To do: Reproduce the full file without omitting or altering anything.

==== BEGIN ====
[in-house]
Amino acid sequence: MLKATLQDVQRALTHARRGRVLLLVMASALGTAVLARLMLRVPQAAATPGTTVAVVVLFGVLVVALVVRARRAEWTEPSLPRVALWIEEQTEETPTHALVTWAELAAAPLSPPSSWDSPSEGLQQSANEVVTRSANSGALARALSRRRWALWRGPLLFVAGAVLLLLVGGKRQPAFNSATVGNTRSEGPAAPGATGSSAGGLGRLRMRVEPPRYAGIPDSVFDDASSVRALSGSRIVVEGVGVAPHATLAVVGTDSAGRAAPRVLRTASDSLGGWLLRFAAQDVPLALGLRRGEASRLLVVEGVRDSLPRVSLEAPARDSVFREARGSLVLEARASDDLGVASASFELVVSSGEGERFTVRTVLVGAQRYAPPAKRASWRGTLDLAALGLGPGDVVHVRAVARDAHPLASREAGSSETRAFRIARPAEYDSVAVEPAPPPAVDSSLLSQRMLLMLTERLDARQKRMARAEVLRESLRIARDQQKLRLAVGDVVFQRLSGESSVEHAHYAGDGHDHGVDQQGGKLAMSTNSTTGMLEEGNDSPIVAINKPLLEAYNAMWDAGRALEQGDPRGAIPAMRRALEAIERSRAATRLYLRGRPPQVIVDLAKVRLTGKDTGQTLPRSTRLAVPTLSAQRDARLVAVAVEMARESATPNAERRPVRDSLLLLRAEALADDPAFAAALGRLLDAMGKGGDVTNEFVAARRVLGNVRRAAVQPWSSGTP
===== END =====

[in-house]
Amino acid sequence: MLKATLQDVQRALTHARRGRVLLLVMASALGTAVLARLMLRVPQAAATPGTTVAVVVLFGVLVVALVVRARRAEWTEPSLPRVALWIEEQTEETPTHALVTWAELAAAPLSPPSSWDSPSEGLQQSANEVVTRSANSGALARALSRRRWALWRGPLLFVAGAVLLLLVGGKRQPAFNSATVGNTRSEGPAAPGATGSSAGGLGRLRMRVEPPRYAGIPDSVFDDASSVRALSGSRIVVEGVGVAPHATLAVVGTDSAGRAAPRVLRTASDSLGGWLLRFAAQDVPLALGLRRGEASRLLVVEGVRDSLPRVSLEAPARDSVFREARGSLVLEARASDDLGVASASFELVVSSGEGERFTVRTVLVGAQRYAPPAKRASWRGTLDLAALGLGPGDVVHVRAVARDAHPLASREAGSSETRAFRIARPAEYDSVAVEPAPPPAVDSSLLSQRMLLMLTERLDARQKRMARAEVLRESLRIARDQQKLRLAVGDVVFQRLSGESSVEHAHYAGDGHDHGVDQQGGKLAMSTNSTTGMLEEGNDSPIVAINKPLLEAYNAMWDAGRALEQGDPRGAIPAMRRALEAIERSRAATRLYLRGRPPQVIVDLAKVRLTGKDTGQTLPRSTRLAVPTLSAQRDARLVAVAVEMARESATPNAERRPVRDSLLLLRAEALADDPAFAAALGRLLDAMGKGGDVTNEFVAARRVLGNVRRAAVQPWSSGTP